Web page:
National Capital Planning Commission

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National Capital Planning Commission
NCPC newlogo.jpg
Agency overview
Formed 1924
Jurisdiction Federal government of the United States
Headquarters 401 9th Street NW, Suite 500
Washington, D.C.
Employees 47
Agency executives L. Preston Bryant, Chairman
Marcel C. Acosta, Executive Director
Website www.ncpc.gov

The National Capital Planning Commission (NCPC) is a U.S. government agency that provides planning guidance for Washington, D.C. and the surrounding National Capital Region. Through its planning policies and review of development proposals, the Commission seeks to protect and enhance the extraordinary resources of the national capital.[1]

The 12-member commission includes three presidential appointees, of which one must be from Virginia and one from Maryland, the mayor of Washington, D.C., the chairman of the Council of the District of Columbia, two mayoral appointees, and the chairmen of the House and Senate committees with review authority over the District. Other commission members include the heads of the three major land holding agencies, which are the Department of Defense, the Department of the Interior, and the General Services Administration.[2] The Commission is supported by a professional staff of planners, architects, urban designers, historic preservation officers, among others.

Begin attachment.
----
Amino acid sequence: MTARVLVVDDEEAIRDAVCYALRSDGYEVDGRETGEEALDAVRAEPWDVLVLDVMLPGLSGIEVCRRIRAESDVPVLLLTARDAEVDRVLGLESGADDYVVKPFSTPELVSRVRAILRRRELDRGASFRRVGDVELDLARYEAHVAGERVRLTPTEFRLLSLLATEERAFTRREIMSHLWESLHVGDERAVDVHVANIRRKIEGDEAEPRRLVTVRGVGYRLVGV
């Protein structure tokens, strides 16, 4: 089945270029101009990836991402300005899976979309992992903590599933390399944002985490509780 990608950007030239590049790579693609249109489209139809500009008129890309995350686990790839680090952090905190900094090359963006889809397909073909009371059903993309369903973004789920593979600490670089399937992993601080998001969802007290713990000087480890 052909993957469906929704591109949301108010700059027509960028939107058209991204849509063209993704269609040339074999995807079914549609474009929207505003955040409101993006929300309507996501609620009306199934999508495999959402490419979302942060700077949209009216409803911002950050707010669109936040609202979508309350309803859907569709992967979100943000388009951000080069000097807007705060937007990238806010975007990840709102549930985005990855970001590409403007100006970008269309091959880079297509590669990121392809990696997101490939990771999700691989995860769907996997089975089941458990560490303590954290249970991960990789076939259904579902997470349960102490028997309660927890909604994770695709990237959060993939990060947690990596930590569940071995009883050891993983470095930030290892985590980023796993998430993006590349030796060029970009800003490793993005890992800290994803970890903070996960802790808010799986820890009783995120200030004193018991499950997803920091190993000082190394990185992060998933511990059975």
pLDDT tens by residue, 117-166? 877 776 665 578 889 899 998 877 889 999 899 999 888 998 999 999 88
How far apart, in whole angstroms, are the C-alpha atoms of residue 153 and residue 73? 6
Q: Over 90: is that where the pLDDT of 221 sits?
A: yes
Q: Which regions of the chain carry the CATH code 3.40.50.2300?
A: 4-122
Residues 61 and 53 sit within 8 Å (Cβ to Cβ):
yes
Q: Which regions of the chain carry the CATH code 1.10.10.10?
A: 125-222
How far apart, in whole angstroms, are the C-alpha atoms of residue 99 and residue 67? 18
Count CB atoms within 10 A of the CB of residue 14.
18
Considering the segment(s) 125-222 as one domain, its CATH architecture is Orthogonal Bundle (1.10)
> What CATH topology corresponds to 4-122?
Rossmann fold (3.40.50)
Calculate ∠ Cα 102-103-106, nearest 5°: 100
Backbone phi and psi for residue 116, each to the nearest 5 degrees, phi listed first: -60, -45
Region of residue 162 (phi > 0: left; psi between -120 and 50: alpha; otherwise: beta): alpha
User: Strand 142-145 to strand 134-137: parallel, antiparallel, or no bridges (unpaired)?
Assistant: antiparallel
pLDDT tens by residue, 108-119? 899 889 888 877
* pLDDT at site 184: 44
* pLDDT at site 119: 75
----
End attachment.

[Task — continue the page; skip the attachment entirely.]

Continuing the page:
History[edit]

Congress established the "National Capital Park Commission" in 1924 to acquire parkland for the capital in order to preserve forests and natural scenery in and about Washington to prevent pollution of Rock Creek and the Potomac and Anacostia Rivers, and to provide for the comprehensive development of the nation's park system. Two years later, Congress renamed the agency the "National Capital Park and Planning Commission" and gave it the additional responsibility of comprehensive planning for the Washington region. The 1952 Capital Planning Act gave the commission its current name and the responsibility for preservation of important natural and historic sites in the area.[3]

The Home Rule Act of 1973 gave some of the commission's local planning authority to the District of Columbia government. The commission remains the planning authority of federally owned land and buildings in the region. In addition, NCPC plays an advisory role to the District in certain land use decisions.[4]

Responsibilities[edit]